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Shawn Levy Reveals How Free Guy Gets Gaming Right - Exclusive Interview

As the Ryan Reynolds-led "Free Guy" makes its way to theaters, the people involved are already staking their claim on what makes the film special — it's actually a new story. Yes, it stars a non-playable character living inside a video game, but the game he's in, "Free World," isn't available to play here in our world. However, despite the film's lack of connection to any existing IP, director Shawn levy went to great lengths to bring an element of video game realism to the big screen.

Behind the scenes, "Free Guy" is one of several movies that found itself plagued by delays due to extended theater closings and pandemic restrictions. Yet while "Free Guy" may have been locked into its final edit, that doesn't mean there weren't ways the film could still be improved upon while it waited for its release.

Looper sat down with Levy to learn more about his process for making a video game movie that actually feels connected with gaming culture. He revealed the advice he got from people in the gaming community, and which Taika Waititi scene nearly made it into the final film. We also got a small update on Levy's plans to remake the John Carpenter classic "Starman."

How Free Guy improved with the help of gamers and time

You talked with a lot of gamers and people that operate in the world of gaming to get "Free Guy" to a place that was more accurate. How did the story transform as a result of those conversations?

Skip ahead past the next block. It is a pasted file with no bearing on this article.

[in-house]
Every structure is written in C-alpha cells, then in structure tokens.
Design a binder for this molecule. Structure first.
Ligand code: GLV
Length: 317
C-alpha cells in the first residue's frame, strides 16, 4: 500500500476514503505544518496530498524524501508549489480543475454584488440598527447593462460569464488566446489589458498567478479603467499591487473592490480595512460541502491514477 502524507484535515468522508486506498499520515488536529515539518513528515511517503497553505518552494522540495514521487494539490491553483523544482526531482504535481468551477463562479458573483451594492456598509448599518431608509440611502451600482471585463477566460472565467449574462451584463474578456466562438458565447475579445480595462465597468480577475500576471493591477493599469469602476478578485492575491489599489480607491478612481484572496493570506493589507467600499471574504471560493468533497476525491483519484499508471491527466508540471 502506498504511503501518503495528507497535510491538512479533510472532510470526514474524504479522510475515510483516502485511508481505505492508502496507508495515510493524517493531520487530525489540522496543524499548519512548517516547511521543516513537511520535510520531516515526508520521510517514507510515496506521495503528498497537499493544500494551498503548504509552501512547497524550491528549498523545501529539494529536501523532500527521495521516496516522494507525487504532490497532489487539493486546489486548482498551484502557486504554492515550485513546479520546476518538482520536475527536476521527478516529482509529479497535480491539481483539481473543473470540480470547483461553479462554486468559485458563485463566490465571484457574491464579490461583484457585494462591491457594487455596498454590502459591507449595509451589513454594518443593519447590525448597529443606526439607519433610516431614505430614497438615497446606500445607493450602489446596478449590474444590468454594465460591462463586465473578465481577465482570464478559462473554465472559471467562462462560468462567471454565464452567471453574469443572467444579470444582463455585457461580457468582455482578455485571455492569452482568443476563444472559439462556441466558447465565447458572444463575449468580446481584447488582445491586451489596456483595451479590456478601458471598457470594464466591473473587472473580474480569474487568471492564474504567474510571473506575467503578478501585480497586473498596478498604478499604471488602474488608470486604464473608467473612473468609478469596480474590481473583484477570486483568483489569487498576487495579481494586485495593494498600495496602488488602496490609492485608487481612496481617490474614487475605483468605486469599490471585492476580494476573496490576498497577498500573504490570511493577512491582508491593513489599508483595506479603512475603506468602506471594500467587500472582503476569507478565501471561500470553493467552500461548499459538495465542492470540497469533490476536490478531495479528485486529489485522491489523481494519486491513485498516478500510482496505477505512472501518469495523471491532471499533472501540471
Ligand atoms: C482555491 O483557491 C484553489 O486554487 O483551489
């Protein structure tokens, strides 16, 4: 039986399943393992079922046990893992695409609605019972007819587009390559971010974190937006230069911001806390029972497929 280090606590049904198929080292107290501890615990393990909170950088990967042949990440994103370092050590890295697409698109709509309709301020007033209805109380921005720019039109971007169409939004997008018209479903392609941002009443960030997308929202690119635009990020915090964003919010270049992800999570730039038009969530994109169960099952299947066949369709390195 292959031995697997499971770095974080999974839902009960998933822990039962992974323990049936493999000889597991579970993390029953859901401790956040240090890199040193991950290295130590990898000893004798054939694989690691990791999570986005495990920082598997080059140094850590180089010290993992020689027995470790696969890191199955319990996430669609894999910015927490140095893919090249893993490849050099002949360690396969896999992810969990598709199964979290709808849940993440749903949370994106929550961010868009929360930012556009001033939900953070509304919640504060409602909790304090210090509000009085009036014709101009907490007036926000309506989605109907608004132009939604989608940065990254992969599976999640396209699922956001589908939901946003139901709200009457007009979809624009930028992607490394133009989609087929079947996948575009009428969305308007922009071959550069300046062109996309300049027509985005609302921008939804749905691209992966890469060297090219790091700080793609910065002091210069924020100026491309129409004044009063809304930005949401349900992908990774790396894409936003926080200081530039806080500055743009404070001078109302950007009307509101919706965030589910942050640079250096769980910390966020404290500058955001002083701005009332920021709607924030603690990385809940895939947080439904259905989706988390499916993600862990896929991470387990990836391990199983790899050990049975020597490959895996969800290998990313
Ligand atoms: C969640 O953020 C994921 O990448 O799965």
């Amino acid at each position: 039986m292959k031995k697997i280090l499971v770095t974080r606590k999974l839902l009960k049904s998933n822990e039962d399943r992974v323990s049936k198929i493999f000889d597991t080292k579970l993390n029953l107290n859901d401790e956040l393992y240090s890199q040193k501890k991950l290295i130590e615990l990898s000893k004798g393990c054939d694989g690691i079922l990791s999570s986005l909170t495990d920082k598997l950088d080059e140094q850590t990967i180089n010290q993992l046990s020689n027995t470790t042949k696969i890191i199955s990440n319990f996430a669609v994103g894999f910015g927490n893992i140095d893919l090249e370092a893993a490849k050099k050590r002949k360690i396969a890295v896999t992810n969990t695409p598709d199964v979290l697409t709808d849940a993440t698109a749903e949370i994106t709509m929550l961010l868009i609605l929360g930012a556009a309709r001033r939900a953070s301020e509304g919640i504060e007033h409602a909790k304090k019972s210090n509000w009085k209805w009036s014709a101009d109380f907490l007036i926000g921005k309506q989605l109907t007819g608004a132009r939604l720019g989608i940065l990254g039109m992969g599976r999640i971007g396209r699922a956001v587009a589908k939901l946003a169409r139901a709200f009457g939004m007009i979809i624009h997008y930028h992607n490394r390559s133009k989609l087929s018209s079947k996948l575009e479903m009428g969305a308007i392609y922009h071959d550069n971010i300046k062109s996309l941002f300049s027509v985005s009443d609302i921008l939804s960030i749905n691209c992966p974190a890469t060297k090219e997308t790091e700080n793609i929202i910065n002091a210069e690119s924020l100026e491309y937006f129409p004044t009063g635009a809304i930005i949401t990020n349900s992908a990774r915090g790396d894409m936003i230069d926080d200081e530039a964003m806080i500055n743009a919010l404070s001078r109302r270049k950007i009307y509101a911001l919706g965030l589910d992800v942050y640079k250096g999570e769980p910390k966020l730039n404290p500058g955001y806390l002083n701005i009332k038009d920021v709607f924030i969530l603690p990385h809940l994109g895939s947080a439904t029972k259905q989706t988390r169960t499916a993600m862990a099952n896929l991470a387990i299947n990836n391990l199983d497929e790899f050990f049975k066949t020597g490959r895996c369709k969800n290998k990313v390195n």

Wow, there's so many conversations, and meetings, and little collaborative moments along the way that affected "Free Guy." We consulted Zach Penn, who is one of the screenwriters, he and I spent about two months doing a pretty substantial rewrite of the script. We consulted with several game designers, and one person in particular named Mike Mika. We really kind of got into conversations about builds, and original builds, and how might that be in the code, but concealed in game play. We talked about the sky box, we talked about collision meshes, and some of the nitty gritty and the granular of coding and game design. Frankly, what it gave me was a deeper understanding of game creation. But also, it gave me certain key concepts, and the language to be accurate, but also comprehensible. There was some stuff that I got from game designers where I was like, "Bro, not only am I struggling to understand, I know an audience won't understand that." So finding that middle ground between authenticity and comprehensibility, that was my daily challenge.

Your movie was locked, but then it didn't come out for a while because of COVID. Did you at any point go back or feel tempted to go back and take another pass?

So we never had a rushed post-production, so no, the edit of the movie was locked, and to my satisfaction when the pandemic hit in March of 2020. What I did do is take advantage of that spring to bump up the VFX to the next level. So what we did do, I mean, it was always baked into the idea that I wanted every frame to have foreground, mid-ground, background. For it to be packed with Easter eggs, and details, and jokes, and gaming references that may be two out of a hundred people would get. So what we did do is I empowered my small army of VFX artists to just add more. It's like, "You know what? They don't need the movie now anyway, let's add more layers of visual humor, and visual detail to these frames." So a lot of those graphical interfaces that happen in the movie both in terms of the poppiness of the visuals, and the inside jokes of those graphics. Those were added as a result of having a little more time.

The hilarious Taika Waititi scene you didn't see in the movie